Aunty Lee’s Chilled Revenge, by Ovidia Yu (@ovidiavanda) #review #tlcbooktours

About the book Aunty Lee’s Chilled Revenge

Aunty Lee's Chilled Revenge• Paperback: 368 pages
• Publisher: William Morrow Paperbacks (April 5, 2016)

Rosie “Aunty” Lee—feisty widow, amateur sleuth and proprietor of Singapore’s best-loved home cooking restaurant—is back in another delectable, witty mystery set in Singapore.

Slightly hobbled by a twisted ankle, crime-solving restaurateur Aunty Lee begrudgingly agrees to take a rest from running her famous café, Aunty Lee’s Delights, and turns over operations to her friend and new business partner Cherril.

The café serves as a meeting place for an animal rescue society that Cherril once supported. They were forced to dissolve three years earlier after a British expat killed the puppy she’d adopted, sparking a firestorm of scandal. The expat, Allison Fitzgerald, left Singapore in disgrace, but has returned with an ax to grind (and a lawsuit). At the café one afternoon, Cherril receives word that Allison has been found dead in her hotel—and foul play is suspected. When a veterinarian, who was also involved in the scandal, is found dead, suspicion soon falls on the animal activists. What started with an internet witch hunt has ended in murder—and in a tightly knit, law-and-order society like Singapore, everyone is on edge.

Before anyone else gets hurt—and to save her business—Aunty Lee must get to the bottom of what really happened three years earlier, and figure out who is to be trusted in this tangled web of scandal and lies.

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About the author, Ovidia YuOvidia Yu

Ovidia Yu is one of Singapore’s best-known and most acclaimed writers. She has had more than thirty plays produced and is also the author of a number of mysteries. She received a Fulbright Fellowship to the University of Iowa’s International Writers Program and has been a writing fellow at the National University of Singapore.

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My Thoughts

Melissa A. BartellThis novel hits the ground running, opening with an explosion at a vet clinic, and never stopping until the final scene. From the start, the characters were so vivid, so engaging, that I didn’t even realize this was book three in a series. (Now that I have, I’m looking forward to going back and reading the prior installments.)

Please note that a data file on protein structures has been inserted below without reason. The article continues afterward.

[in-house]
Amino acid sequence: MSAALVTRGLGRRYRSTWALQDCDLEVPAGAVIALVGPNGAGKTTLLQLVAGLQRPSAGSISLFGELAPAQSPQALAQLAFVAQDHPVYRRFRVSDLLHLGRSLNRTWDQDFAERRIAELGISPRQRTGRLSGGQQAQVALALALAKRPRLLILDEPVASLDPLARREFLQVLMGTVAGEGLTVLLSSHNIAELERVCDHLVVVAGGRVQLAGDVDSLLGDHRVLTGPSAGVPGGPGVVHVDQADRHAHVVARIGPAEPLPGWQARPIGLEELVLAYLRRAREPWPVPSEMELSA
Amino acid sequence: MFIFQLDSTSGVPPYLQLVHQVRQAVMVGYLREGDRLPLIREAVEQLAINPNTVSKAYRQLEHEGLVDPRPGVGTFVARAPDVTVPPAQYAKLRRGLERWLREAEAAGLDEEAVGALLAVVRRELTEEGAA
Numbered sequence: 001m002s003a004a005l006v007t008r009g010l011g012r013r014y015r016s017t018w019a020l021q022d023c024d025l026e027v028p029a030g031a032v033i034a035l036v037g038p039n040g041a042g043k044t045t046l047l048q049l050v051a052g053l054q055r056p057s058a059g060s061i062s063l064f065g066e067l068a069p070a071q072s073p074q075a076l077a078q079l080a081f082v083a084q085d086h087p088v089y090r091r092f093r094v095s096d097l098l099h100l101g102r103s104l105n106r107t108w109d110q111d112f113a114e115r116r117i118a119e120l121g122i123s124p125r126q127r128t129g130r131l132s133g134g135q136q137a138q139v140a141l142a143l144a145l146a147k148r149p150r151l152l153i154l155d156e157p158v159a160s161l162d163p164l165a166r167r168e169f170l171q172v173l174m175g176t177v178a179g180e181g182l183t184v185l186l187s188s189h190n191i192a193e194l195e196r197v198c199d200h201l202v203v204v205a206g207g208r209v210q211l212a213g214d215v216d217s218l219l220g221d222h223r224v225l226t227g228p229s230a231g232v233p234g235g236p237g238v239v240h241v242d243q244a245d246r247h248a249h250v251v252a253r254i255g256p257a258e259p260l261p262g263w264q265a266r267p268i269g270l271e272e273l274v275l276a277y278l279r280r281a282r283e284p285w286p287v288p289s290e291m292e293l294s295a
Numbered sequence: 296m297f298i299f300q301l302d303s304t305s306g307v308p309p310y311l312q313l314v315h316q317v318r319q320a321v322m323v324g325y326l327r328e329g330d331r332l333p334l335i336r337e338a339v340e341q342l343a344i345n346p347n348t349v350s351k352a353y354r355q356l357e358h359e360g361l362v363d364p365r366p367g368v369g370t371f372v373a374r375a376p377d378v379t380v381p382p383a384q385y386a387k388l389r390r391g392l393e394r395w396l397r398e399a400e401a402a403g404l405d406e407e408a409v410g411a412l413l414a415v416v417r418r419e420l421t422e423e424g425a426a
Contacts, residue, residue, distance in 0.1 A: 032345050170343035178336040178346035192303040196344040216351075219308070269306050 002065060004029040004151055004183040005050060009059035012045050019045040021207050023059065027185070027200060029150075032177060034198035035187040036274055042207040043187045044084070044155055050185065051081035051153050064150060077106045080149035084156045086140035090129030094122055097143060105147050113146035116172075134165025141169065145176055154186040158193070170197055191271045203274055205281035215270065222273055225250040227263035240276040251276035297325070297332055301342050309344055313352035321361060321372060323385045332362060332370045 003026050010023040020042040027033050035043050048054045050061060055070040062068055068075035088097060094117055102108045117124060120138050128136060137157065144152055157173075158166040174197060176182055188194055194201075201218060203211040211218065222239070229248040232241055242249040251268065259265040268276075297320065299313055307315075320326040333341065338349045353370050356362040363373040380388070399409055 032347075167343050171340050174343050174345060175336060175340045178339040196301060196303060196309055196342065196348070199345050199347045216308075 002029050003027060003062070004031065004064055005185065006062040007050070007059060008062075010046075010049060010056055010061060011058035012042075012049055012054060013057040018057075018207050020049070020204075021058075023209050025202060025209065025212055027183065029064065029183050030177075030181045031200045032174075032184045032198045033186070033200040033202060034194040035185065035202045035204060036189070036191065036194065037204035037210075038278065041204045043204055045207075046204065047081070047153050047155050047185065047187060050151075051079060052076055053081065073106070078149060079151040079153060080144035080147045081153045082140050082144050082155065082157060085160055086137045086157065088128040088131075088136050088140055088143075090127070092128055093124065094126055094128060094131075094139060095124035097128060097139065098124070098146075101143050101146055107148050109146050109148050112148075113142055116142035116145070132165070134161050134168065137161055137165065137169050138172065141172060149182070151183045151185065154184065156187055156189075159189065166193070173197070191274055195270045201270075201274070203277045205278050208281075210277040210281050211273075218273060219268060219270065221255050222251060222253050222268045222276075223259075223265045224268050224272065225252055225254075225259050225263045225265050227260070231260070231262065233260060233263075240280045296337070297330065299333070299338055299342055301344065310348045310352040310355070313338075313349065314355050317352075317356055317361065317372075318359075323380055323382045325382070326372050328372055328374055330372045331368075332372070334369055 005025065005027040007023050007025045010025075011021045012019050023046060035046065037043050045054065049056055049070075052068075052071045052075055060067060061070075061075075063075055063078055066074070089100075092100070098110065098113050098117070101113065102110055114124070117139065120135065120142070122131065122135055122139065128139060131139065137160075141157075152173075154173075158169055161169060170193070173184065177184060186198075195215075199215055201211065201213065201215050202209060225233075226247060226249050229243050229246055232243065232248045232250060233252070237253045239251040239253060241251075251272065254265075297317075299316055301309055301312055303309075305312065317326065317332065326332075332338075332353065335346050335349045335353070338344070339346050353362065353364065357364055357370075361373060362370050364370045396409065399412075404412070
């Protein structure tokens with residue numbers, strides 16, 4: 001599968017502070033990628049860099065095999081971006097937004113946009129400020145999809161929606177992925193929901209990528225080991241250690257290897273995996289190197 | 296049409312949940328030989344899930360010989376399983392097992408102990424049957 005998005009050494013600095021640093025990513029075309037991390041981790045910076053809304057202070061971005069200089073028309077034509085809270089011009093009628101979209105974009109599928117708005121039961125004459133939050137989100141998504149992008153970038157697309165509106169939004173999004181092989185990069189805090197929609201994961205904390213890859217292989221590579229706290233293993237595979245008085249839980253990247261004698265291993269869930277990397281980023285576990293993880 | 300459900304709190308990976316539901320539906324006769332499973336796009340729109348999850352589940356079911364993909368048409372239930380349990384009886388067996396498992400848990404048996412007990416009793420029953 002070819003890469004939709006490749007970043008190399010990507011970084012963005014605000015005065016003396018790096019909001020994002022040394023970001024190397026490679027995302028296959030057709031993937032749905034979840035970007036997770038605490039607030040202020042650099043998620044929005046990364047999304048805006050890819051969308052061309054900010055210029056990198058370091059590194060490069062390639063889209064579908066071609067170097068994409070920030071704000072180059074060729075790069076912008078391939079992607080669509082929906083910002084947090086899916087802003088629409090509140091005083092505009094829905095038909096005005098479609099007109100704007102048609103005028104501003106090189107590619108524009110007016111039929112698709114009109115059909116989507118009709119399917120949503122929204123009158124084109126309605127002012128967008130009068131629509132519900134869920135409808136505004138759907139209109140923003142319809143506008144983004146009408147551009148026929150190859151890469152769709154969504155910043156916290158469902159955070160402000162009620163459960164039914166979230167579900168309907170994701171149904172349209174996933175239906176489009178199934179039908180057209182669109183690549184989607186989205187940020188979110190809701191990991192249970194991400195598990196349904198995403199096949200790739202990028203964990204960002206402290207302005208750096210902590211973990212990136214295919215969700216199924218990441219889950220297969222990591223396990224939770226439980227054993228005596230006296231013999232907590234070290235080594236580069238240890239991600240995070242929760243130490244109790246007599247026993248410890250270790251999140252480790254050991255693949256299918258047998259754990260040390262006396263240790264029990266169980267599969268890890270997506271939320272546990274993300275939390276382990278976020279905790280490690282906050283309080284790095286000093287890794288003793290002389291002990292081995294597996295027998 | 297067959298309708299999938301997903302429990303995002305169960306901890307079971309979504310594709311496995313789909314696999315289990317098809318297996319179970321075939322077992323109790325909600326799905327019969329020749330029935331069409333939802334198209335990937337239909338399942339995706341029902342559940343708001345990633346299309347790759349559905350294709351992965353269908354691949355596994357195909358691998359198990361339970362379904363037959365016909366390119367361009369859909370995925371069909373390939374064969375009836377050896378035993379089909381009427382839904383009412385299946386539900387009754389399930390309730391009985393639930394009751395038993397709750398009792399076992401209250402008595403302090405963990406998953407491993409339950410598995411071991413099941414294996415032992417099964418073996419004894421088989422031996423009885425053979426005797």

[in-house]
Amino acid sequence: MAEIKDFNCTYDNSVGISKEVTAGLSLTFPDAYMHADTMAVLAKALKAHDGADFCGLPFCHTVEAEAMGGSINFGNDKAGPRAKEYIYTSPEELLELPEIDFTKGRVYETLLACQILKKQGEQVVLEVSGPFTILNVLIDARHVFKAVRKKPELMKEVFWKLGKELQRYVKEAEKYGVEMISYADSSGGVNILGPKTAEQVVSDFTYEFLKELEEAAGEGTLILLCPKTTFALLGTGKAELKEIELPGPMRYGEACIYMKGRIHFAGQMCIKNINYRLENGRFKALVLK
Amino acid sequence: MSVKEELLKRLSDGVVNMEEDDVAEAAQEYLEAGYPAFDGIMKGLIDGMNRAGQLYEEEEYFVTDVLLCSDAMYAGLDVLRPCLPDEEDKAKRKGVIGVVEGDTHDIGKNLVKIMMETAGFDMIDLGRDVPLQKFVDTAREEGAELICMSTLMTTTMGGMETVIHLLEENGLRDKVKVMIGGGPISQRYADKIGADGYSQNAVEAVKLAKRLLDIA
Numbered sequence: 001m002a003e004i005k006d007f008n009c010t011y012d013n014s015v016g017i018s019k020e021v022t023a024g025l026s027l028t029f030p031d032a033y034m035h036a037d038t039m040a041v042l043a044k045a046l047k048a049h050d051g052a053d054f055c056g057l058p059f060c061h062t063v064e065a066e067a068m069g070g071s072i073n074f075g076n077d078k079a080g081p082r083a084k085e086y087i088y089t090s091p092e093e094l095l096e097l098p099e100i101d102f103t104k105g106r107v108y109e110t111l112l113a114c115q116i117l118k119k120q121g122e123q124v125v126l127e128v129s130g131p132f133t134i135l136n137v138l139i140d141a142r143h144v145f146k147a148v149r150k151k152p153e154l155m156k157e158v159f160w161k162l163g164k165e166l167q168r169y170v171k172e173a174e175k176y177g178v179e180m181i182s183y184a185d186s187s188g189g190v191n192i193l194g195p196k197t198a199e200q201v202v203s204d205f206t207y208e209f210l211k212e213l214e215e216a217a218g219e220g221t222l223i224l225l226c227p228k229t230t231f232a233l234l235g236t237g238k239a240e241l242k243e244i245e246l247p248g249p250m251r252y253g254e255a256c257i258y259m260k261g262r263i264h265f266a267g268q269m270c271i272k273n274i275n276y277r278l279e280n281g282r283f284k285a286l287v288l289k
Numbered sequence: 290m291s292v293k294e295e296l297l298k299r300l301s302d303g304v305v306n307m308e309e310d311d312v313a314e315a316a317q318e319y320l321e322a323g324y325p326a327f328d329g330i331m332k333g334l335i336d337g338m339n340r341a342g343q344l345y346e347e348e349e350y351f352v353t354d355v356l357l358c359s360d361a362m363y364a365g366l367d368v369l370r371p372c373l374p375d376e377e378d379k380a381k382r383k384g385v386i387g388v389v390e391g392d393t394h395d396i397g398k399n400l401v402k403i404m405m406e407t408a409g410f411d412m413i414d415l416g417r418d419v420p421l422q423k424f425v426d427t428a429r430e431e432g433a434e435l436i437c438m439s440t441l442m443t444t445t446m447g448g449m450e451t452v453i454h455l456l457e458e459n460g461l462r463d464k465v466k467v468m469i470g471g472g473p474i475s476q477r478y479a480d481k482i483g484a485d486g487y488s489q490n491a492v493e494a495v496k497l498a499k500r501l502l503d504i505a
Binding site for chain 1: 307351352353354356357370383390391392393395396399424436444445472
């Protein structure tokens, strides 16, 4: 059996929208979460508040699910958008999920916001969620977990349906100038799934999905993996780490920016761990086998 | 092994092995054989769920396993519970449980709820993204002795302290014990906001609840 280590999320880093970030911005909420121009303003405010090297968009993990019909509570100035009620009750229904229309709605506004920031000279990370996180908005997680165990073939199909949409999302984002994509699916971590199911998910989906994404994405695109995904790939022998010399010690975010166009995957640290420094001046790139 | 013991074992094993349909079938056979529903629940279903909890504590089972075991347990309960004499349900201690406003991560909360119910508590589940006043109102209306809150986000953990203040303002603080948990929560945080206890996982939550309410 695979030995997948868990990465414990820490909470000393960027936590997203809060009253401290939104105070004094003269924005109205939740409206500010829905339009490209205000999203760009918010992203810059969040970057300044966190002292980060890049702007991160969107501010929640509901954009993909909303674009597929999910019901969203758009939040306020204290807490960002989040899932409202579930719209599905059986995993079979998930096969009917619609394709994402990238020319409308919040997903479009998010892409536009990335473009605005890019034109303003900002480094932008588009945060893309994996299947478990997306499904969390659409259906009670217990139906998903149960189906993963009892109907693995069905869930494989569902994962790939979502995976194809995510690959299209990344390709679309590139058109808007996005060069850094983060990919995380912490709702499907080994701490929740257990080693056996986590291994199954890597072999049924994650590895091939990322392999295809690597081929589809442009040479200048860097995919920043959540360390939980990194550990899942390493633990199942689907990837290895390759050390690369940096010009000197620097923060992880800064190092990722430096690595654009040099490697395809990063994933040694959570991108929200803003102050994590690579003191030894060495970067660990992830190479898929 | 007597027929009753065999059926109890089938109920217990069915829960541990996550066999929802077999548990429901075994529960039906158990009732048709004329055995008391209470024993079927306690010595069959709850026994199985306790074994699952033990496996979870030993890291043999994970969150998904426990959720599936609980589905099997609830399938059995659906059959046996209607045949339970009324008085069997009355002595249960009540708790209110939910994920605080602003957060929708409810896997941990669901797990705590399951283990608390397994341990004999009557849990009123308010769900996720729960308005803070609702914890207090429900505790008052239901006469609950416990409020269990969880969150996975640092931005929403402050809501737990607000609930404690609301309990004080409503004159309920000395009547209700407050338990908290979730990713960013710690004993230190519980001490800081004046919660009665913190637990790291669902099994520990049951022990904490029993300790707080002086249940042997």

From the start, I was in love with Aunty Lee, who is sort of like a Singaporean Mrs. Pollifax. What I thought was really amazing about her was that she didn’t have any of the judgemental tendencies that a Western character would have – instead, even the worst of the people she interacted with were seen through the eyes of someone who lived the words ‘compassion’ and ‘mercy’ as if they’d been bred into her.

Similarly, Allison Love, the ex-pat who left and then returned, was as real, as dimensional, as anyone I’ve ever known. I felt bad for her, and I also wanted to know more of her backstory (see paragraph one).

What I loved about this novel was that the mystery, while there, was never screaming, “Solve me, solve me!” Sure, some elements were easy to predict, but author Yu did an amazing job of keeping us guessing about other elements to the very end. I like that, and I’ve gotten so complacent about always being ‘ahead’ that when I wasn’t it was both surprising and refreshing.

I also loved the ‘foodie’ elements of this novel. I didn’t count the recipes – there were somewhere between five and a thousand – but every time food was mentioned, I wanted it to magically appear in front of me. The few times I’ve had Singaporean food (at restaurants like Straits and Five Foot Way, both in California) I’ve really enjoyed the flavors, and I found myself longing for them as I read.

I also loved that Yu seamlessly worked in elements of Singaporean culture. I felt as though her decision to include that made me experience this novel – which I almost underestimated as ‘just another formulaic foodie mystery’ – on many, many levels.

Seriously, if you love a good mystery, with well drawn characters, a plot that is complex enough to keep you thinking, and a dash of culture on the side, you need to read Aunty Lee’s Chilled Revenge.

Goes well with pineapple tarts (or any fruit cookie) and hot tea.


Ovidia’s Tour Stops

TLC Book ToursTuesday, April 5th: FictionZeal

Wednesday, April 6th: All Roads Lead to the Kitchen

Friday, April 8th: In Bed with Books

Monday, April 11th: Hopelessly Devoted Bibliophile

Tuesday, April 12th: Lavish Bookshelf

Wednesday, April 13th: Book Journey

Thursday, April 14th: Bibliotica

Friday, April 15th: Reading to Distraction

Monday, April 18th: Ms. Nose in a Book

Tuesday, April 19th: No More Grumpy Bookseller

Wednesday, April 20th: Reading Reality

Thursday, April 21st: Kahakai Kitchen

Friday, April 22nd: A Chick Who Reads

CC BY-NC-SA 4.0 Aunty Lee’s Chilled Revenge, by Ovidia Yu (@ovidiavanda) #review #tlcbooktours by Melissa Bartell is licensed under a Creative Commons Attribution-NonCommercial-ShareAlike 4.0 International License.

2 thoughts on “Aunty Lee’s Chilled Revenge, by Ovidia Yu (@ovidiavanda) #review #tlcbooktours

  1. Pingback: Ovidia Yu, author of Aunty Lee’s Chilled Revenge, on tour April 2016 | TLC Book Tours

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